Did the R.E.M. Web campaign lead to higher sales?
On music-business blog Hypebot.com, a Warner Bros. exec discusses R.E.M.'s Web campaign for its latest album. But he doesn't mention if it helped sales.
R.E.M. fans (like me!) and music-biz folks interested in exploring new ways to use the Web should check out the two-part series on Hypebot.com about the band's online campaign for its latest album, Accelerate.
The posts are written by Ethan Kaplan, the Warner Bros. vice president of technology who worked with the band to design a technology-intensive publicity campaign.
Ninetynights.com, which included exclusive short videos of the recording process.
REMDublin.com, which evolved into a wiki-style collaboration between fans and resulted in fan-created videos scoring top-popularity spots on YouTube.
All good stuff, and the Ninetynights.com site did spark my awareness that a new R.E.M. album was coming out. But Kaplan failed to answer the main question. As he wrote, "After a string of disappointing releases (one artistically, all three commercially), the band decided to regroup and refocus...."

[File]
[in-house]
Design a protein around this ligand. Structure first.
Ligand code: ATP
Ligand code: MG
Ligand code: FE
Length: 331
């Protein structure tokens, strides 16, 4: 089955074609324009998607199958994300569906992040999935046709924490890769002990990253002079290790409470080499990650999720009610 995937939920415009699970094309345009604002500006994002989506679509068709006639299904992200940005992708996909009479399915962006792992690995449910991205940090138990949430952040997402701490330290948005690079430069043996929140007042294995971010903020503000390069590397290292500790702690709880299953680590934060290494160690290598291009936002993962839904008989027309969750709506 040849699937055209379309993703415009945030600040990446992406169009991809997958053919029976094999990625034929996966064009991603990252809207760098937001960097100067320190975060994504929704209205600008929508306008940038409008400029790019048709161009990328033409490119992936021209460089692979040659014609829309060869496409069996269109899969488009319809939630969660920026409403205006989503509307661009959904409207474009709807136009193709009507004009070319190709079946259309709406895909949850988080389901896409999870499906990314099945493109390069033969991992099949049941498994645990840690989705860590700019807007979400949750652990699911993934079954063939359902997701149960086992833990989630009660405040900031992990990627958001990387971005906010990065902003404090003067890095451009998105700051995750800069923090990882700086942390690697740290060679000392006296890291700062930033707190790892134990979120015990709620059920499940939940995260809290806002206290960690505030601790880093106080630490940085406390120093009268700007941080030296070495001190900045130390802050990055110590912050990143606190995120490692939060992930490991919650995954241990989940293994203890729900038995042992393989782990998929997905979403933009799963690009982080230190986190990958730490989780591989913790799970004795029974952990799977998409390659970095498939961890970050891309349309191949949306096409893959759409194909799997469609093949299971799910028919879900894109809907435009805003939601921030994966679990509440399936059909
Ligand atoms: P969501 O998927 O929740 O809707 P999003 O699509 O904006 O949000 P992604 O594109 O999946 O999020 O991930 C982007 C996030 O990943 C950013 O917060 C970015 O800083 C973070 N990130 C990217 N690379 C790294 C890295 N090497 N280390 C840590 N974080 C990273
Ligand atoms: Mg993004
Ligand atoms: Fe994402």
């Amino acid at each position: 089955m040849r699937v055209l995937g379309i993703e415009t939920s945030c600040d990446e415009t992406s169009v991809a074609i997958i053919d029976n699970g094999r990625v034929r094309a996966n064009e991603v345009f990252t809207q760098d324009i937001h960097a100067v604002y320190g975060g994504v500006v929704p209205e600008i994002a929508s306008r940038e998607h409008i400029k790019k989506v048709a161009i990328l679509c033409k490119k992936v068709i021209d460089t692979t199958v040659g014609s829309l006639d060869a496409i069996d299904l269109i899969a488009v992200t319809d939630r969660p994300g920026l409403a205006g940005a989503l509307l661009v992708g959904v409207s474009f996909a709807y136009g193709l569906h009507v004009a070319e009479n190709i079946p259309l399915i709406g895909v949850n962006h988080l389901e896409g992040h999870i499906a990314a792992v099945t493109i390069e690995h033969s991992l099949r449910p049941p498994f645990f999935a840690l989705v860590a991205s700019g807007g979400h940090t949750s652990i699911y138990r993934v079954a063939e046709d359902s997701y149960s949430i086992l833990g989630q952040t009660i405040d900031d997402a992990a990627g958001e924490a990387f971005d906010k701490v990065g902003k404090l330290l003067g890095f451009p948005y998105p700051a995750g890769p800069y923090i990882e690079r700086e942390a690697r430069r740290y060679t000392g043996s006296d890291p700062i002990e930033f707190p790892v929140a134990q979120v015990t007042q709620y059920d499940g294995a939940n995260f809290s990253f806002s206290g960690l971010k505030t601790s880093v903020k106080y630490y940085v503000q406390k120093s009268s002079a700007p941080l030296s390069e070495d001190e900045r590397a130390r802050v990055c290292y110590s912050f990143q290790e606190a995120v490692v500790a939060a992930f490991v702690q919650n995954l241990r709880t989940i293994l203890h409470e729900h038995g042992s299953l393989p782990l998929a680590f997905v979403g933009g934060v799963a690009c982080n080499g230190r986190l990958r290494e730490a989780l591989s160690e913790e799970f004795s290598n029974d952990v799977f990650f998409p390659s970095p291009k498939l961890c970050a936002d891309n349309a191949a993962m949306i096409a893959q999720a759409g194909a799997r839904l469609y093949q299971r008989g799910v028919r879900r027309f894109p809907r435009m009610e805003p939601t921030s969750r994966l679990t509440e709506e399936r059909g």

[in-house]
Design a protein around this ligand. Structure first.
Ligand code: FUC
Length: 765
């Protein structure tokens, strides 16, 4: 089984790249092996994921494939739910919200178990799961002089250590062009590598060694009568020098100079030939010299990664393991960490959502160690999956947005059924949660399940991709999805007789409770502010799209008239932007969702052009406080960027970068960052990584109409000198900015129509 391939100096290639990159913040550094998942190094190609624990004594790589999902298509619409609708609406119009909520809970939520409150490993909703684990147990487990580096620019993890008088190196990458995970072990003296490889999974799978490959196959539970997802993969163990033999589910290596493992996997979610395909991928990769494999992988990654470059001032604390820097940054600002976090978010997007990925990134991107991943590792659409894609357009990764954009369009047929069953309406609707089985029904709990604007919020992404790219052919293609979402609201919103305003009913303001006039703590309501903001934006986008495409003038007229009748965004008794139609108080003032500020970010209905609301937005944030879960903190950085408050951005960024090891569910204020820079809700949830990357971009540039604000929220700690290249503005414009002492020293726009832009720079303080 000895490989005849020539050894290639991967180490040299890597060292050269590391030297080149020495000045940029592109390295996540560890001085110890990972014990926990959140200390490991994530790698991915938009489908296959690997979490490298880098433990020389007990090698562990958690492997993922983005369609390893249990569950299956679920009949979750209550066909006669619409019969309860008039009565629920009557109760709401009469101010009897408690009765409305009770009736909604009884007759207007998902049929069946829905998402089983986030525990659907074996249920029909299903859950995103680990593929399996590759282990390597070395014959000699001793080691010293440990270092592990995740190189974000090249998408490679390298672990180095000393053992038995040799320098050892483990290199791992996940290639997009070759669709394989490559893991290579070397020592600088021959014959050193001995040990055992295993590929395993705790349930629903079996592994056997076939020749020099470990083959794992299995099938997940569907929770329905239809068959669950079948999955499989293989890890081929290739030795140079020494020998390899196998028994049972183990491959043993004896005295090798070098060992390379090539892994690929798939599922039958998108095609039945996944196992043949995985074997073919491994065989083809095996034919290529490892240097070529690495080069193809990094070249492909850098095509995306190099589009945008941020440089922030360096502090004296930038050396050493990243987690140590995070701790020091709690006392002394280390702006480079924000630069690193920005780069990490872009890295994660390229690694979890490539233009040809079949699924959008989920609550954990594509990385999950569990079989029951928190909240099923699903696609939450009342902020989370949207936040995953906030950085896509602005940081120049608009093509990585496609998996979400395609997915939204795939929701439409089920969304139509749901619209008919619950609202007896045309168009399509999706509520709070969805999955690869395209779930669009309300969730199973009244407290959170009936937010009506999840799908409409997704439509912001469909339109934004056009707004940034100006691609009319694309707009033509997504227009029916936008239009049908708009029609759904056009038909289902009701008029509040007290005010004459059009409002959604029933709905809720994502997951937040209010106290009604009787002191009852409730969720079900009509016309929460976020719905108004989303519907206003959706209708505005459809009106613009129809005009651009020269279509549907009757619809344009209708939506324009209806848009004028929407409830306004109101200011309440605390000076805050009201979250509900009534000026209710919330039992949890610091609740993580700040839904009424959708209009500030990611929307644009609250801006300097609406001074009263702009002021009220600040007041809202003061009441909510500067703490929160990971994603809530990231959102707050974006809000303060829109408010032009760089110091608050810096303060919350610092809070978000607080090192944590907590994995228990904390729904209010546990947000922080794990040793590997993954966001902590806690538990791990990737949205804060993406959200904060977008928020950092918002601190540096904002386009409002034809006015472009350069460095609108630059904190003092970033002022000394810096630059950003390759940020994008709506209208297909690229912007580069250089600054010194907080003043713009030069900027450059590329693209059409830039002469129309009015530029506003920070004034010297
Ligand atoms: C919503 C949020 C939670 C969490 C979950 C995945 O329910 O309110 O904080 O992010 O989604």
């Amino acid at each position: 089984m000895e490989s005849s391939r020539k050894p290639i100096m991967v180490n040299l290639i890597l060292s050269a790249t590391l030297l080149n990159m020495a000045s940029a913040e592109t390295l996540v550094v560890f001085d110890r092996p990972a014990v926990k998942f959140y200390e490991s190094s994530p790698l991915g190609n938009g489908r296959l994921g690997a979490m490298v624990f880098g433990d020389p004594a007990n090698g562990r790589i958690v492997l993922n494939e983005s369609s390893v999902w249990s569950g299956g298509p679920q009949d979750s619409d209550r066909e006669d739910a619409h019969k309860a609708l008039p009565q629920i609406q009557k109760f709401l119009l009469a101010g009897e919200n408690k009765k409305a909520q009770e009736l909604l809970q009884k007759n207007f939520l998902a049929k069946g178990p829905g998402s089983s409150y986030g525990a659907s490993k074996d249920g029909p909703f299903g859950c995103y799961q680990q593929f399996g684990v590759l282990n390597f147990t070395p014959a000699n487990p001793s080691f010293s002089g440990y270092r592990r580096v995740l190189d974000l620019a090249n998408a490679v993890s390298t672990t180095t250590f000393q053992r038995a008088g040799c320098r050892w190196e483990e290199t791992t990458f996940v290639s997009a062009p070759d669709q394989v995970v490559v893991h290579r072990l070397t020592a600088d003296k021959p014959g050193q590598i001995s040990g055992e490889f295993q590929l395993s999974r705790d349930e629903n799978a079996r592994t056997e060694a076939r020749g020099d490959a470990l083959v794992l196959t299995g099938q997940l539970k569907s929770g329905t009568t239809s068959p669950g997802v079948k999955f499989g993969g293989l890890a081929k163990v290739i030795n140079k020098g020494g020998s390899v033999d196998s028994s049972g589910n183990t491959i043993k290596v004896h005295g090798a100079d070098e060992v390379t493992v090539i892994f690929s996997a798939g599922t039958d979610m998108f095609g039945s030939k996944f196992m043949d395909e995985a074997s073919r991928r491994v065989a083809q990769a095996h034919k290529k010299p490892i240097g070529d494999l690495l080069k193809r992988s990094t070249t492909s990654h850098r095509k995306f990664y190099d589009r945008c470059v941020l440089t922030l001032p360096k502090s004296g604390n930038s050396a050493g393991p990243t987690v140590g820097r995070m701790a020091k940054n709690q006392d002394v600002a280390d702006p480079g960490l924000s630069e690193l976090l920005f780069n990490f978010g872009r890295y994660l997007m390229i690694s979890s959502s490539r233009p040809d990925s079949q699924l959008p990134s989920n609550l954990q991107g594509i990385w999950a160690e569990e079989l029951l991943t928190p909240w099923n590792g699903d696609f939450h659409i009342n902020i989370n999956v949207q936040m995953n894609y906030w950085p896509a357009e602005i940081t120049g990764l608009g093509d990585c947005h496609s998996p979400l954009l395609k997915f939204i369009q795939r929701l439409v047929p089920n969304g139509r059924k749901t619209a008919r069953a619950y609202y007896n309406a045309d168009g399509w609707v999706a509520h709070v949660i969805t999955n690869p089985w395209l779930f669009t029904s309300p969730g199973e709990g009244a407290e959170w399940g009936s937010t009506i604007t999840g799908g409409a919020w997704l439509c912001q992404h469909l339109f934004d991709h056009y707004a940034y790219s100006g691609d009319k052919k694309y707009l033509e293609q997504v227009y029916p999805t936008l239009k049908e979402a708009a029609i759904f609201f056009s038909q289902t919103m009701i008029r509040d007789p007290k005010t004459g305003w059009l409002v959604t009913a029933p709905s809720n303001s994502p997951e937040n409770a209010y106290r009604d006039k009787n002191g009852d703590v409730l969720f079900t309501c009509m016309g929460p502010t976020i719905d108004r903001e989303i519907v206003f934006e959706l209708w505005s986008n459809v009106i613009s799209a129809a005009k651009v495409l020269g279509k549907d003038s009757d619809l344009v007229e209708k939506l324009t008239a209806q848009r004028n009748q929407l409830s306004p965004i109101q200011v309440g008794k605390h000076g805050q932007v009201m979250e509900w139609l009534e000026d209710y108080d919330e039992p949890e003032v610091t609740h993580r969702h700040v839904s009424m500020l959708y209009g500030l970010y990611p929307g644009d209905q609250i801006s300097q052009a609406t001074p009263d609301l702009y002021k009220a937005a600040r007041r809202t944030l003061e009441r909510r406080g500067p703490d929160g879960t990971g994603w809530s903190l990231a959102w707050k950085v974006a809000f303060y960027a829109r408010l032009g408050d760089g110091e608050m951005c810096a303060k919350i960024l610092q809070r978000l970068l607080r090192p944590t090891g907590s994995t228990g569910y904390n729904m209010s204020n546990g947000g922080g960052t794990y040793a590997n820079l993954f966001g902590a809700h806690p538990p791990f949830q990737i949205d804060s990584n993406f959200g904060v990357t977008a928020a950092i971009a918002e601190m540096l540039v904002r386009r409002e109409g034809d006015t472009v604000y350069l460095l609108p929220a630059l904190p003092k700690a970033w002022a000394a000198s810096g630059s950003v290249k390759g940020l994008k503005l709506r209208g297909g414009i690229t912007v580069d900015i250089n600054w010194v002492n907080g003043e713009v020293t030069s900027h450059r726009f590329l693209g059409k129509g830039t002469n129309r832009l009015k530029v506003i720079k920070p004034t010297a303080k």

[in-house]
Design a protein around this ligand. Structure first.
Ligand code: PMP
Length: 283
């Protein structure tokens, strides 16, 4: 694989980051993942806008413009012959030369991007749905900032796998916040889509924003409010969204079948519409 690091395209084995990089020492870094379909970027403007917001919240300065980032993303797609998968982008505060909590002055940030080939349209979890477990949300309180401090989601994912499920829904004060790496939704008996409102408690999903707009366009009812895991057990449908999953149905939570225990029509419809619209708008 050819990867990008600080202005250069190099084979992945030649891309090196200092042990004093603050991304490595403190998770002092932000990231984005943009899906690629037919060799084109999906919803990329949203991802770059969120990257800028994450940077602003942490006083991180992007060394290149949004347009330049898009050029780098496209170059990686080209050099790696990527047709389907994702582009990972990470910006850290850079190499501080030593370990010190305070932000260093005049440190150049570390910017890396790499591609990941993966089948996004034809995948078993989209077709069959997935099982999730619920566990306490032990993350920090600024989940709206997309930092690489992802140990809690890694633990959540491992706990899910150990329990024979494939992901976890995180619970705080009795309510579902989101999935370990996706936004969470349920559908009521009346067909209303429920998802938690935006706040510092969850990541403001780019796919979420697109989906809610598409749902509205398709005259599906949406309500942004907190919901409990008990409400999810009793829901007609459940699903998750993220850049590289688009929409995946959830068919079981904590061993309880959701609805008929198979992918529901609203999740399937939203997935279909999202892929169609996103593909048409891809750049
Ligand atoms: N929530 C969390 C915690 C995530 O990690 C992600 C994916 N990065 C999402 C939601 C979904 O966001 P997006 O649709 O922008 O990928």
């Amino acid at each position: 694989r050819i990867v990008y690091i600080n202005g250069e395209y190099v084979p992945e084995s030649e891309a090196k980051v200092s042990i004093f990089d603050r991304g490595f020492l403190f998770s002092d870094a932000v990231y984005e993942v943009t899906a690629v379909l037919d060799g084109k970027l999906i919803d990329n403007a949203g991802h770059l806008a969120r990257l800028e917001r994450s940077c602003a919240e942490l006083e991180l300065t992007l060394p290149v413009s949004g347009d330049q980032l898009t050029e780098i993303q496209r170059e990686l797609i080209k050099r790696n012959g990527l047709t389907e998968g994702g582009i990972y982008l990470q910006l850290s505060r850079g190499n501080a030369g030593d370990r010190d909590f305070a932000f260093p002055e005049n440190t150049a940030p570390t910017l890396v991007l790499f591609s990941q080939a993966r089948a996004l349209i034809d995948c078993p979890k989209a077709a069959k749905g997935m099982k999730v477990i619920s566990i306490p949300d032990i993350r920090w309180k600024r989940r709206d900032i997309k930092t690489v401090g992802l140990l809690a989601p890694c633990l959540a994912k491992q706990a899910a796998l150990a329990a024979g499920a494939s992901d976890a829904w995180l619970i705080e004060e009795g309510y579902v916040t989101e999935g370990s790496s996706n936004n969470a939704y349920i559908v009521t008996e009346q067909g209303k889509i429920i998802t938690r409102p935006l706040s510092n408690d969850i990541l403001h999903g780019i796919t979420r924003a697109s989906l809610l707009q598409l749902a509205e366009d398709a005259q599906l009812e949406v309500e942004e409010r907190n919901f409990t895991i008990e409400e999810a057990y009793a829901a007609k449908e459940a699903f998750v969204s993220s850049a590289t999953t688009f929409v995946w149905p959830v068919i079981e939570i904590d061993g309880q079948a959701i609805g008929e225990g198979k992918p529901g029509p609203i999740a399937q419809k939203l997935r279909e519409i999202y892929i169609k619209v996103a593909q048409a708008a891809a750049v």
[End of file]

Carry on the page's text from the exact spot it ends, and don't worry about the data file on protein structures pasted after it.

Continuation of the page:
So did the Web campaign help sales?
Well, Accelerate did sell 115,500 copies in the U.S. during its debut week in April. And by July 30, it was up more than 300,000, according to SoundScan. That's already more than the 232,000 U.S. sales of its execrable last album, Around the Sun, and close to the 415,000 of its underrated 2001 album, Reveal.
But how much of that has been due to the Web campaign, and how much of that is due to the fact that Accelerate didn't totally suck?
On a related note, I read a long but excellent blog posting from a longtime musician that basically says: forget about the business; music's power has nothing to do with unit sales and marketing models.
It's required reading if you're spent more time thinking about In Rainbows pay-what-you-like download model than listening to the actual record.